Notably, subsection (d) State of Mind Proof Requirement says, “In a prosecution, the Government need not prove that the defendant knew that the other person engaging in the sexual act had not attained the age of 12 years.”

What Are the Related Federal Laws?

18 U.S. Code Chapter 109A Sexual Abuse has some federal laws that are related to 18 U.S.C. 2241 aggravated sexual abuse and 18 U.S.C. 2242 sexual abuse, including the following:

  • 18 U.S.C. 2243 – sexual abuse of a minor or ward,
  • 18 U.S.C. 2244 – abusive sexual contact,
  • 18 U.S.C. 2245 – offenses resulting in death,
  • 18 U.S.C. 2246 – definitions for the chapter,
  • 18 U.S.C. 2247 – repeat offenders,
  • 18 U.S.C. 2248 – mandatory restitution.

What are the Penalties for Federal Sexual Assault?

The United States federal sentencing guidelines impose minimum and maximum penalties for sexual assault, and there are 43 offense levels. They take into consideration the conduct of the crime and your criminal history (six categories).

You will be assigned points for the number of prior offenses and criminal history category from 1-6. Suppose you accept responsibility. In that case, you could receive a two or three-level decrease in the criminal history category.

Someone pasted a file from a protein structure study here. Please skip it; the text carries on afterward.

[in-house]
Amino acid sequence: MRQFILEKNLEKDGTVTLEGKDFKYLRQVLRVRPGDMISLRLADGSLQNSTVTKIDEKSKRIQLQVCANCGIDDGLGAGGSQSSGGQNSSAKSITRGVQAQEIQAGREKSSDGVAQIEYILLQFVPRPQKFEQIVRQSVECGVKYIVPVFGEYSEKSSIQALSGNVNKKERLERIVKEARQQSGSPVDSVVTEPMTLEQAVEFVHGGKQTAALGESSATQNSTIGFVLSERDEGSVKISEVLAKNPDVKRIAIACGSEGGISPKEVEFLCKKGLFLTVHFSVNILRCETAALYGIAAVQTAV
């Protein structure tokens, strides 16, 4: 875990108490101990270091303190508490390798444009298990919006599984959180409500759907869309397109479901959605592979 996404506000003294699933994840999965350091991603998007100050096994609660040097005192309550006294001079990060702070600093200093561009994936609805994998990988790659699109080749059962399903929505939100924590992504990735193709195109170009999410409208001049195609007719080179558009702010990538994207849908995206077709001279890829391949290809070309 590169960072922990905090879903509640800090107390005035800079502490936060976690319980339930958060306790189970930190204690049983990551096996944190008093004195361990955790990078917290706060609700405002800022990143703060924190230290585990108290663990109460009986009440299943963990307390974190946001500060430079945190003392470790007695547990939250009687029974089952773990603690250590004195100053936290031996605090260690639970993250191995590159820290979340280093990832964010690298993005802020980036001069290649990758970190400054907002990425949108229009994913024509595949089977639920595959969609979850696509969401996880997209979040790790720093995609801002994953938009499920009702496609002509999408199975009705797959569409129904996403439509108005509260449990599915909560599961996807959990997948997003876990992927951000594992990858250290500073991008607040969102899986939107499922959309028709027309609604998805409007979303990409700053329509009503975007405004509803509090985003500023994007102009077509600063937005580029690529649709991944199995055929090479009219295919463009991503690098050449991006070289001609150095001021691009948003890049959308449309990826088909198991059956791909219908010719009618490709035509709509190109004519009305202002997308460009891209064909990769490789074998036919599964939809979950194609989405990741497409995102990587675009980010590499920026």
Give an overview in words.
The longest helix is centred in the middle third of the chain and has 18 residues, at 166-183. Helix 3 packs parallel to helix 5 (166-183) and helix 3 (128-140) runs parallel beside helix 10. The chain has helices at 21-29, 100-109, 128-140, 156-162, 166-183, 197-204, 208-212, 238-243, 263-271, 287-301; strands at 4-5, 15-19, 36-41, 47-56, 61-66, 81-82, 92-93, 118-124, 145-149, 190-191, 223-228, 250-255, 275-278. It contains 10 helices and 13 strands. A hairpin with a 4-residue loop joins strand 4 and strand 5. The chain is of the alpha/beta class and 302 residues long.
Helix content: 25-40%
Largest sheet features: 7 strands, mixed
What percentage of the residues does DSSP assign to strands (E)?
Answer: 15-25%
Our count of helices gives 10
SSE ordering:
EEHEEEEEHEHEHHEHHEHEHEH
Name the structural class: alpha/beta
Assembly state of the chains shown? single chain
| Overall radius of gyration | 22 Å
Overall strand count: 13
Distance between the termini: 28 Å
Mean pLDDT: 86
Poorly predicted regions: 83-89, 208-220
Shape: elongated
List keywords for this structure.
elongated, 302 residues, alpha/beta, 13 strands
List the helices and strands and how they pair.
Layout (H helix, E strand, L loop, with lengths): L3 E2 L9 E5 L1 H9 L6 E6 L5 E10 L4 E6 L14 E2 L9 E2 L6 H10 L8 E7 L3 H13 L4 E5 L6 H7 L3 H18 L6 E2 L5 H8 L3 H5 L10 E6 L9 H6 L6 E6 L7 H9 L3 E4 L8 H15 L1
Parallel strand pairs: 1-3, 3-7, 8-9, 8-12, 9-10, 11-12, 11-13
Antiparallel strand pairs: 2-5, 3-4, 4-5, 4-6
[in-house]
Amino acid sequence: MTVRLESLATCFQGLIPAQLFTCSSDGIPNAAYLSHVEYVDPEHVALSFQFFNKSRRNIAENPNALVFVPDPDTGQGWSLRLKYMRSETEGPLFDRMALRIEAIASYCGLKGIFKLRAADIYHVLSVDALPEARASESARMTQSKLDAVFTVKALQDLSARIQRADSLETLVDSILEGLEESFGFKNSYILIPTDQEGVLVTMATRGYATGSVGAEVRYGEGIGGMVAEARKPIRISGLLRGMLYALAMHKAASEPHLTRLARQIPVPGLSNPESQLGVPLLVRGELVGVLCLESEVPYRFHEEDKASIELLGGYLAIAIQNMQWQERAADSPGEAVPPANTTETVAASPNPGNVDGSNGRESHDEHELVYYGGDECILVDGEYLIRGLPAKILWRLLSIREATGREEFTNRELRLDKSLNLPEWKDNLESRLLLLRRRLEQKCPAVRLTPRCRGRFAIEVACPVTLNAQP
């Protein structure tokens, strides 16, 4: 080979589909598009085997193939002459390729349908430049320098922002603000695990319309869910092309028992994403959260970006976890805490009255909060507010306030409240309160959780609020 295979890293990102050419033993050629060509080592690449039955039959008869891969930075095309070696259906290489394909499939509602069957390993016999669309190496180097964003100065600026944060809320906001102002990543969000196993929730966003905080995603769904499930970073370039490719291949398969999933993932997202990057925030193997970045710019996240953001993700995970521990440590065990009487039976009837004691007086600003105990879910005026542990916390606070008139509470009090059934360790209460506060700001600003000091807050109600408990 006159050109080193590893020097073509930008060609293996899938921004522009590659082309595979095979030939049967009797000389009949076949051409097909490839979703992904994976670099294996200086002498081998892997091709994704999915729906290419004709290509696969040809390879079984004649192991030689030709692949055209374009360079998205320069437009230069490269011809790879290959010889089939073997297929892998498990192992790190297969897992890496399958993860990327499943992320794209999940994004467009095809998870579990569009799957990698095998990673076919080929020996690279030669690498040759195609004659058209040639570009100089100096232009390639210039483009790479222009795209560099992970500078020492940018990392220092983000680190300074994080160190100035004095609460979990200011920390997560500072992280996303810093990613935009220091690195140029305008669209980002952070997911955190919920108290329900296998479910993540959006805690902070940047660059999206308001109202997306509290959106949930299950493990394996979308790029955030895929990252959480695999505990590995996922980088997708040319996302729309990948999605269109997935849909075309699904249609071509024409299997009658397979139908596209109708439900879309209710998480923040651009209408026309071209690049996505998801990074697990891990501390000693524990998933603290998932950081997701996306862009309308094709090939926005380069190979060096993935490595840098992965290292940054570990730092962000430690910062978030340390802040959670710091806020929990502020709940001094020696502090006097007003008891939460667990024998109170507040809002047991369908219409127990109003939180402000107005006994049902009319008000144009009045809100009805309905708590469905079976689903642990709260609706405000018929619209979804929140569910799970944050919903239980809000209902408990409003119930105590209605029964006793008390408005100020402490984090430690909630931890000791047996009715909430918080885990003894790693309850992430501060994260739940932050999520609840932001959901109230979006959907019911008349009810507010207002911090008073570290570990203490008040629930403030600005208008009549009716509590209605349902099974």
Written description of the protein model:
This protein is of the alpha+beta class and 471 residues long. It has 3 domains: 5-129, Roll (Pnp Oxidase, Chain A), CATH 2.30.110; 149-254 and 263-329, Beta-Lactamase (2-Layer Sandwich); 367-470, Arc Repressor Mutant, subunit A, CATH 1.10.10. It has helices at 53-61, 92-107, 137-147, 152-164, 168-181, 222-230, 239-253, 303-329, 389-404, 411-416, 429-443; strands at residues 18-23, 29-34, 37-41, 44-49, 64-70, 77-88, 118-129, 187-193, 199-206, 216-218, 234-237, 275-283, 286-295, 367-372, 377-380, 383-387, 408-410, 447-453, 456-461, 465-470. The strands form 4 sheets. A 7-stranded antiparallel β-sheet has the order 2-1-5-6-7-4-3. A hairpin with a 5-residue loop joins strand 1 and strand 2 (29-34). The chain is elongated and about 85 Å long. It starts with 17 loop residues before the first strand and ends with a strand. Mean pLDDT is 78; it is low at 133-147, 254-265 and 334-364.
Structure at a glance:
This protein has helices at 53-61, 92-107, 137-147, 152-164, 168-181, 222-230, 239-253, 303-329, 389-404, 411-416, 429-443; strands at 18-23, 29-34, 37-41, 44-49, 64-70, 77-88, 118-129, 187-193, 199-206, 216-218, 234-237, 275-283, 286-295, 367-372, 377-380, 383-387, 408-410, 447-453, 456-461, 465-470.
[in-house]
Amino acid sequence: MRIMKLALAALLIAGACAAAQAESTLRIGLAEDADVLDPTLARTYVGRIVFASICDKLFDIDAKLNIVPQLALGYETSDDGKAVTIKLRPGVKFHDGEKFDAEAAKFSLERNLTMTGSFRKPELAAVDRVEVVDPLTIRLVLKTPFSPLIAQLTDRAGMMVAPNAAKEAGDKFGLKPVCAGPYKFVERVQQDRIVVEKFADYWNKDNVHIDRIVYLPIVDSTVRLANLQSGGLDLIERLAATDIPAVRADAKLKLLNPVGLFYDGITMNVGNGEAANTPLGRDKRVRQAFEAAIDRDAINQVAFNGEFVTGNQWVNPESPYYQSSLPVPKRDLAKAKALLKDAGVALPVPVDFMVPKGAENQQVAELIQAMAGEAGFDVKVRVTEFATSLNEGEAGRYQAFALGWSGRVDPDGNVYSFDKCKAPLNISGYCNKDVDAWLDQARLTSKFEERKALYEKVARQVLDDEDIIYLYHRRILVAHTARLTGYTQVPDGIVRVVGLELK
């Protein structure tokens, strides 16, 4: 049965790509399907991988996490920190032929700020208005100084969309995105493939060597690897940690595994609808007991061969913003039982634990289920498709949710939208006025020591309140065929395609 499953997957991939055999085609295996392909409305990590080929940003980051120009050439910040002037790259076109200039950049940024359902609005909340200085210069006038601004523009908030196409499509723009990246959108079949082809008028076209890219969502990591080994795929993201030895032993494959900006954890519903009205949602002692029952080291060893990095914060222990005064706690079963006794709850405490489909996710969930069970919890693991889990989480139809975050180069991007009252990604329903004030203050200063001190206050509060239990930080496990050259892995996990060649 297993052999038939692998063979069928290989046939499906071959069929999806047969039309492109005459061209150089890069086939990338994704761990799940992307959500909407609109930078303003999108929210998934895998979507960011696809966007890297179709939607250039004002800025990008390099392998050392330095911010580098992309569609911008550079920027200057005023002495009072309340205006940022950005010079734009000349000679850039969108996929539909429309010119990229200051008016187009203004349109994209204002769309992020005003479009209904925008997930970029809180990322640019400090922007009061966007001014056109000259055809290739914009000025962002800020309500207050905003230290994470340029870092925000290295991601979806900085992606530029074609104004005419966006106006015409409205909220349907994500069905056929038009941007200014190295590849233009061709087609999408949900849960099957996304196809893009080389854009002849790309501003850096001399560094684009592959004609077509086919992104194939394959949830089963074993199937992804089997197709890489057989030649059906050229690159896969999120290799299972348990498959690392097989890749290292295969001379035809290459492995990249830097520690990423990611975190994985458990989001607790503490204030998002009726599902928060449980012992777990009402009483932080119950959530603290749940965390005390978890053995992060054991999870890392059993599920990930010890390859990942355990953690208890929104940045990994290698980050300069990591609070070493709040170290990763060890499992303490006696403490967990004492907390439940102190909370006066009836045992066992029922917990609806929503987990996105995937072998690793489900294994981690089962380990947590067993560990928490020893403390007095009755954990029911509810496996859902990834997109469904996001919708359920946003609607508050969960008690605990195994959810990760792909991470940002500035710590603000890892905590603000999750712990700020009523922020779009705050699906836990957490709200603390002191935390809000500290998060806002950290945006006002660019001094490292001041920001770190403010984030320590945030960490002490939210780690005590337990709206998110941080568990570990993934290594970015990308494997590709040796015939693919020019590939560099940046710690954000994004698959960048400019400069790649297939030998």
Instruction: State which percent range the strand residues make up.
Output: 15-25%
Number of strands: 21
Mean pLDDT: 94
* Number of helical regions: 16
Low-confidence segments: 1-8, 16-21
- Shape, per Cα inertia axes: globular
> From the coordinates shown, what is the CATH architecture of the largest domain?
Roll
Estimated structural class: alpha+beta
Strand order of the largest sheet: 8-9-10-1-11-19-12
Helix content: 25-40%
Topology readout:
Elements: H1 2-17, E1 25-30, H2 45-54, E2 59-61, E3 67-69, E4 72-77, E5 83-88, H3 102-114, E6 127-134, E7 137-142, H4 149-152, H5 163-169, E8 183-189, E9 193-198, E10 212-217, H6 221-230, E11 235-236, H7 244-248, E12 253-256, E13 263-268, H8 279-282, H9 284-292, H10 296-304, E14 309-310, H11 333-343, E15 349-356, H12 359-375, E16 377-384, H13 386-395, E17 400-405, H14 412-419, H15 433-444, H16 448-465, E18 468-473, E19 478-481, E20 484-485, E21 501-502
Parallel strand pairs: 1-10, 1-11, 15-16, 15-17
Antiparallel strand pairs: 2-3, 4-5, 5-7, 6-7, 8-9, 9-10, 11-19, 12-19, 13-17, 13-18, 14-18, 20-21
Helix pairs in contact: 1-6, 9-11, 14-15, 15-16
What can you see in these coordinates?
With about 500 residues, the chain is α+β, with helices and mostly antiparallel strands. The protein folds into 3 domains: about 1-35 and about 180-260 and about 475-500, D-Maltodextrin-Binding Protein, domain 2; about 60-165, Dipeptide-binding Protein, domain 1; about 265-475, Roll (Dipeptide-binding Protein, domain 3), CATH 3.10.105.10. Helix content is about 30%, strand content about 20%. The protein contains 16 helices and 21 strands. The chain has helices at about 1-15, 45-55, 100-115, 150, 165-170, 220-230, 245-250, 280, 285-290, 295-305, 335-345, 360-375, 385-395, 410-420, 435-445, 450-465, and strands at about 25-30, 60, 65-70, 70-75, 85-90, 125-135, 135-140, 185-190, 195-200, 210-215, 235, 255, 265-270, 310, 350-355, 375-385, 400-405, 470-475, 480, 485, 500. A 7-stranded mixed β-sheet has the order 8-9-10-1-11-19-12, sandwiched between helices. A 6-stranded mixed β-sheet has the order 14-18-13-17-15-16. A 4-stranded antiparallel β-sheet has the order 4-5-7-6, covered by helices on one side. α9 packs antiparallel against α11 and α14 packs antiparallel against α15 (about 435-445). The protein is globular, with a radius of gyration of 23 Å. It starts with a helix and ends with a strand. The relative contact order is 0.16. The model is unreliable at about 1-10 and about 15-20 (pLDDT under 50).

The penalties for federal sexual assault will vary based on the case details and the age of the victim, such as the following:  

  • Sexual assault carries up to three years in prison and a fine;
  • Aggravated sexual assault carries ten years in prison and a fine;
  • Sexual abuse of a minor carries up to two years in prison and a fine;
  • If the minor is four years younger than you, it carries up to 15 years;
  • Aggravated sexual assault of a child carries 30 years to life in prison;